“Mockingjay” Foments Revolution Against Panem In 18 Countries With New Billboards

The revolution that the Hunger Games franchise has spent three films building toward will finally come to a head this fall in Mockingjay Part 2. And while the three-finger salute that the citizens of the film’s fictional, oppressive government Panem use to identify themselves in solidarity with the cause has actually spread to real-life protest movements, the imagery is mostly about getting people excited to plunk down their money for a ticket to see Lionsgate’s fourth film in the franchise.

Bogota, Colombia

Still, that imagery is being taken to the streets in the latest part of the film’s ongoing campaign to build maximum enthusiasm before its late November release date. The billboards went up in high-profile locations in 18 different countries, this week, displaying the hands of men, women, boys, and girls, aged 8 to 80 years old, from around the world.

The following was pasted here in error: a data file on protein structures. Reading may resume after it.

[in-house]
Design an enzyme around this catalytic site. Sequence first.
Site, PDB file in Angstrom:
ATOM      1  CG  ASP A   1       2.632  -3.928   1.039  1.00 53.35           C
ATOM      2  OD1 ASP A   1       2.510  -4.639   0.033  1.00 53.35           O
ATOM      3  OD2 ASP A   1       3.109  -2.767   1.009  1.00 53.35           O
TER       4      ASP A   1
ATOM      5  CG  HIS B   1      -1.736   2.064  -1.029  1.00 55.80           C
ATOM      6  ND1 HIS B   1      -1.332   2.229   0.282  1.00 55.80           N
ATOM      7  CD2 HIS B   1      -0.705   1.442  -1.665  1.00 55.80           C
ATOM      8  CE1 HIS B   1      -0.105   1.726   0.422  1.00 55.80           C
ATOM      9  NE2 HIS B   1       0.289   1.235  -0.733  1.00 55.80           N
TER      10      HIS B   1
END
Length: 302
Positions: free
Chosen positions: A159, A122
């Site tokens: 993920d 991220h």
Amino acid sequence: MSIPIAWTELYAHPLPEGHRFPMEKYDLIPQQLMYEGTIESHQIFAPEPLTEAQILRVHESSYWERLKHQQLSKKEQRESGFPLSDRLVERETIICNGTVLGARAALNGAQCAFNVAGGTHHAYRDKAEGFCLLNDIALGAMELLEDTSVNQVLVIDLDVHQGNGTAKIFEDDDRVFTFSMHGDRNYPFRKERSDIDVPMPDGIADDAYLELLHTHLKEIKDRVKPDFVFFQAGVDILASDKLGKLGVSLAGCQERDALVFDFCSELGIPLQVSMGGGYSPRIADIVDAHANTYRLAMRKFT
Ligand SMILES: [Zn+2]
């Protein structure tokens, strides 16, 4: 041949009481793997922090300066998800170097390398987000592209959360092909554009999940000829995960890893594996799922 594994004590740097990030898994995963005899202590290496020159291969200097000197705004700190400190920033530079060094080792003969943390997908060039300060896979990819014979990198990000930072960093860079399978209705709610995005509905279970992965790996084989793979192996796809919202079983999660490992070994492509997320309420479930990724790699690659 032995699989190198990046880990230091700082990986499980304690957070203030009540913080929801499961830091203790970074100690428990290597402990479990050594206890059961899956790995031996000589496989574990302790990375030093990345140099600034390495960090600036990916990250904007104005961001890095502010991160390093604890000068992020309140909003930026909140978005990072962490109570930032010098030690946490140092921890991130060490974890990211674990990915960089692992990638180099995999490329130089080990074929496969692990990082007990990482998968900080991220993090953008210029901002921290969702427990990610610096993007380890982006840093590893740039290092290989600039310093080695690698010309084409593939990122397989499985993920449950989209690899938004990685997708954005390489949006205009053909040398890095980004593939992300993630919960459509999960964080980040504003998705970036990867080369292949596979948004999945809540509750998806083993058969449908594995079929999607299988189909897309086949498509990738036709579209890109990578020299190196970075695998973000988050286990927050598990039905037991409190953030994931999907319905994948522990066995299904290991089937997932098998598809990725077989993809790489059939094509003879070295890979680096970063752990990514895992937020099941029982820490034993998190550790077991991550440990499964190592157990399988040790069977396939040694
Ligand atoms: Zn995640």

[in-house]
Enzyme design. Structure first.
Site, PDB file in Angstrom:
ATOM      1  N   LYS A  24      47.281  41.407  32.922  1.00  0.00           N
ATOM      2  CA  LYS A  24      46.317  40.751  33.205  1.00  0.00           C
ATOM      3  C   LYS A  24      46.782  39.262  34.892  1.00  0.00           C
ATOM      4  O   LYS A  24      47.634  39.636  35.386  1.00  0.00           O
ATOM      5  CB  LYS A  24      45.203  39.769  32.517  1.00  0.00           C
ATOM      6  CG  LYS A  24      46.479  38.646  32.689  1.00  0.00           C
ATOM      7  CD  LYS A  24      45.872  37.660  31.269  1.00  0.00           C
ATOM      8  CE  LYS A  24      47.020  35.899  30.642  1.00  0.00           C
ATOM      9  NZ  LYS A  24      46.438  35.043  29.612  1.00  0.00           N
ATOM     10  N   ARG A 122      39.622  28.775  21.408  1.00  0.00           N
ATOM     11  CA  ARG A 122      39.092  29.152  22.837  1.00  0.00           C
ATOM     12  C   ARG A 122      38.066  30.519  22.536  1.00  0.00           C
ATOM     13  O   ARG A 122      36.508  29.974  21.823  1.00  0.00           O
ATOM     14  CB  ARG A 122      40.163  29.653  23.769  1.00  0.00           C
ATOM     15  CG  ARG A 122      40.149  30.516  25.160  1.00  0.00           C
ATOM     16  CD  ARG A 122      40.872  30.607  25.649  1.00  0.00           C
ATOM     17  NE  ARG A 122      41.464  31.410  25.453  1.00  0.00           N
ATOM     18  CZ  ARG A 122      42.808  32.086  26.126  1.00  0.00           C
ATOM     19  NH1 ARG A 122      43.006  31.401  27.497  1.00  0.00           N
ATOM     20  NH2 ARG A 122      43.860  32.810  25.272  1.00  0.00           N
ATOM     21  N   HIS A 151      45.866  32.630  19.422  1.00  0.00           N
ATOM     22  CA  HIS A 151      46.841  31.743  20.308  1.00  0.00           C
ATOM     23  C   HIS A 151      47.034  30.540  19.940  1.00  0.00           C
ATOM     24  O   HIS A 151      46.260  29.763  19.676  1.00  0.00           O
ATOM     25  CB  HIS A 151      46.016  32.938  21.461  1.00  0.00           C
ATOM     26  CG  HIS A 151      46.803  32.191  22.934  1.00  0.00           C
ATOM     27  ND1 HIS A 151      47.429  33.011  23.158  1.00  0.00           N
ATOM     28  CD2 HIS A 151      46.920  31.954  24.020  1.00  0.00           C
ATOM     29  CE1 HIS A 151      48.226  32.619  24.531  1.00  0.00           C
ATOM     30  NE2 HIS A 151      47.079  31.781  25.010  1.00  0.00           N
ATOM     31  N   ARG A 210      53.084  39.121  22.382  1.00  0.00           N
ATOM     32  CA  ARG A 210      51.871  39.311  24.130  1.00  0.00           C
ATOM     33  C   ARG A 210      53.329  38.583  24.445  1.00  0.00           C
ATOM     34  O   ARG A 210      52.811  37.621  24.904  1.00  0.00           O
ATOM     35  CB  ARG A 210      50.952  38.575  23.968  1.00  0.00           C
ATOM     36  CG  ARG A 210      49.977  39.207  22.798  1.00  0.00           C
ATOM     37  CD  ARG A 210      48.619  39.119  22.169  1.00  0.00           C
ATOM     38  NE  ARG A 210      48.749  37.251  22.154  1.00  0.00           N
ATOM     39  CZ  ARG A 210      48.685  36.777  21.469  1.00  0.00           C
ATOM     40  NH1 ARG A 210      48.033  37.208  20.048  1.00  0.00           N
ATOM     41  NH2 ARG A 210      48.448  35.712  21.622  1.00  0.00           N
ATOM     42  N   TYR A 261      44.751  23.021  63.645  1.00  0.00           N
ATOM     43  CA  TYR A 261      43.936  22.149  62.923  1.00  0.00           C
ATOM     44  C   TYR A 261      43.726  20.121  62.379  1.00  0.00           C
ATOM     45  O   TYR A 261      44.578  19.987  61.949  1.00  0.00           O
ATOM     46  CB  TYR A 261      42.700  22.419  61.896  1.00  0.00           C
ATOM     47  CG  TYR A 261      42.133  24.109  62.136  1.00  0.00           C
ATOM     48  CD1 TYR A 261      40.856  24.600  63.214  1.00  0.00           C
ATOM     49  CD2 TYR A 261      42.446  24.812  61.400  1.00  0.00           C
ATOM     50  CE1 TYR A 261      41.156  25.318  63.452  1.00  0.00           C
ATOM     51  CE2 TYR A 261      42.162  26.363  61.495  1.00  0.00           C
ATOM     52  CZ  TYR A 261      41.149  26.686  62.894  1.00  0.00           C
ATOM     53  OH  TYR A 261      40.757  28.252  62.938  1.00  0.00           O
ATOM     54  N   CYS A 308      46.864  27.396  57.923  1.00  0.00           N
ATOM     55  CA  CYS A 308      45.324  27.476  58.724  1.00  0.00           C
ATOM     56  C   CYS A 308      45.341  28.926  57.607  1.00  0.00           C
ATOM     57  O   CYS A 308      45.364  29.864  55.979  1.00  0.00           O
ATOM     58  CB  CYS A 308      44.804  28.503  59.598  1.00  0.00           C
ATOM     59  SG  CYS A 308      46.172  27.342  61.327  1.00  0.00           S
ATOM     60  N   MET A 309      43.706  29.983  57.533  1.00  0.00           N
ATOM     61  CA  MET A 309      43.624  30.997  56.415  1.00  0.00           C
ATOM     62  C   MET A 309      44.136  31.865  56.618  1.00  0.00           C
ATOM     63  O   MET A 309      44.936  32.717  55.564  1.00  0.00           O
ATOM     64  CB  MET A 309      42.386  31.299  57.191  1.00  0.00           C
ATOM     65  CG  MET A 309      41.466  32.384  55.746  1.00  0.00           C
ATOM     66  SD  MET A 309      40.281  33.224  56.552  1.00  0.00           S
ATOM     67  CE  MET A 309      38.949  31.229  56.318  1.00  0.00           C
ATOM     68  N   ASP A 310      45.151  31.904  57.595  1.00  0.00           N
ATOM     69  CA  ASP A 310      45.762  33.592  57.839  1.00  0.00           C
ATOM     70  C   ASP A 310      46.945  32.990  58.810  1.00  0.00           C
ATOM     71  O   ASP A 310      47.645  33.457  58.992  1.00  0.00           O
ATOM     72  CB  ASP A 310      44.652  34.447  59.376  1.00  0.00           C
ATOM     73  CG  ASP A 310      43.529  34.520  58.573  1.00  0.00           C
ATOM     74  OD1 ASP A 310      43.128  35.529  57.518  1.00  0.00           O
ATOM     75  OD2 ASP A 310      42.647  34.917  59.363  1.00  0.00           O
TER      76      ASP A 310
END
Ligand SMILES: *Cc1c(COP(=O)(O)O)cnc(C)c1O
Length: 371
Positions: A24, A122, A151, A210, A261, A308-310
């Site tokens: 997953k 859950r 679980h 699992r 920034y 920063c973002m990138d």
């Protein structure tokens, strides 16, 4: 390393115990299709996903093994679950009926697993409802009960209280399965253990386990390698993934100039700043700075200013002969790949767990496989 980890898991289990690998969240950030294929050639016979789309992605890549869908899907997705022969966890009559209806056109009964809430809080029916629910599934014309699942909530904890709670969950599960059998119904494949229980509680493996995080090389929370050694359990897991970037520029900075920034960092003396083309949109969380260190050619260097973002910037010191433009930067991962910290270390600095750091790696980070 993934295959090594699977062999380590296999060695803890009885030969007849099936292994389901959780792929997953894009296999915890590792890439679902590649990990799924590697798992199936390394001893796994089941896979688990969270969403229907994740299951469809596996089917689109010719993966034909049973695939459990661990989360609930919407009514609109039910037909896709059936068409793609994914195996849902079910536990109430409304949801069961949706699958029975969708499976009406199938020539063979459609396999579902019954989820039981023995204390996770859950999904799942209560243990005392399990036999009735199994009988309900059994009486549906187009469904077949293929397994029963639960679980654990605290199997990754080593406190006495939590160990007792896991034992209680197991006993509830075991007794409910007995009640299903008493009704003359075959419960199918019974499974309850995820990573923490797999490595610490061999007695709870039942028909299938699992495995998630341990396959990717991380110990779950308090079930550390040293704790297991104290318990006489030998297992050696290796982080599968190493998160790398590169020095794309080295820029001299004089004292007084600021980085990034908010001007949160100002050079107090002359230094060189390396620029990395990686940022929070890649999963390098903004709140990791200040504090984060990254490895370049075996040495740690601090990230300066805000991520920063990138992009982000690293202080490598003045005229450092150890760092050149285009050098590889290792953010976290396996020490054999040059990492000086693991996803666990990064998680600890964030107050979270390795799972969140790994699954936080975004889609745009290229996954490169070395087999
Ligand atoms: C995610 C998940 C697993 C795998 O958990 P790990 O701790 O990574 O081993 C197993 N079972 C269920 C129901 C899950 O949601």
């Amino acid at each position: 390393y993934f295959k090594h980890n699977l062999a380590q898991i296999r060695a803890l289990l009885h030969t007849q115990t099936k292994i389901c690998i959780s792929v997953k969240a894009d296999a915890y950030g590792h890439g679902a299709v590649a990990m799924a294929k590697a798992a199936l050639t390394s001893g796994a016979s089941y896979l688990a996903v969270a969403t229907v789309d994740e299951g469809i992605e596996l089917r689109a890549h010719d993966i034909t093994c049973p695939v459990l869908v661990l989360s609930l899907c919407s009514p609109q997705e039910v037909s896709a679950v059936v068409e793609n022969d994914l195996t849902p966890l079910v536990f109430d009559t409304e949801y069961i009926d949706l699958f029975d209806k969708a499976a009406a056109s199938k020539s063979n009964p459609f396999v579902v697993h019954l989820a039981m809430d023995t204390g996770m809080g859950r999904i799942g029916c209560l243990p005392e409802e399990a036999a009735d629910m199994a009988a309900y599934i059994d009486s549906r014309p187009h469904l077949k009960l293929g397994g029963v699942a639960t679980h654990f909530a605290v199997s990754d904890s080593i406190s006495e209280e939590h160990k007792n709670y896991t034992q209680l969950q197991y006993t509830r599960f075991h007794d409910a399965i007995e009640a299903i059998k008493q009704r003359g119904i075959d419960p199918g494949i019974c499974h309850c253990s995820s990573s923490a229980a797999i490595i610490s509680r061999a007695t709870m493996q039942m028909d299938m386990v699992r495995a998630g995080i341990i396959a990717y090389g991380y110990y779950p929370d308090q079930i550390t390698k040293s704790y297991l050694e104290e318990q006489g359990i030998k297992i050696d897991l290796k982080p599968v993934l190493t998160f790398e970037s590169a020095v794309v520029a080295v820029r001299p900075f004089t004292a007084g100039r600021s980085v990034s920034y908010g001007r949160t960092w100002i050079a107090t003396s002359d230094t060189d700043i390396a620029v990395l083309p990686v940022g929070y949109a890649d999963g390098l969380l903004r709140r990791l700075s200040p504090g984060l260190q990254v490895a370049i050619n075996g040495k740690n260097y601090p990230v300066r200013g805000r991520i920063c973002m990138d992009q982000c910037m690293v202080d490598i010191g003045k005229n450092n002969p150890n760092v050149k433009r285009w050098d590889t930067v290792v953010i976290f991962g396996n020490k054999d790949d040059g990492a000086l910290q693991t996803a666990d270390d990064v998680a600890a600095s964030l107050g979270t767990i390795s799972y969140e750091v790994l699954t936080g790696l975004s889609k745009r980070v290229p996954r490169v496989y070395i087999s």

The images are stark–just the three-finger salute, with easily-hashtaggable word #UNITE along the side in whatever the local language is–and they appear in locations like Times Square, Novy Arbat Avenue in Moscow, the Mexican Student Movement of 1968 Building in Mexico City, and Westfield Center in London. Whether they inspire people to rise up against an oppressive regime built on forcing teenagers to fight to the death in a glitzy reality show, or just to buy their tickets for Mockingjay Part 2 in advance, remains to be seen, but the alternate reality-style marketing scheme that the Hunger Games campaigns have relied on for years are finally, like Katniss Everdeen herself, taking it to the streets.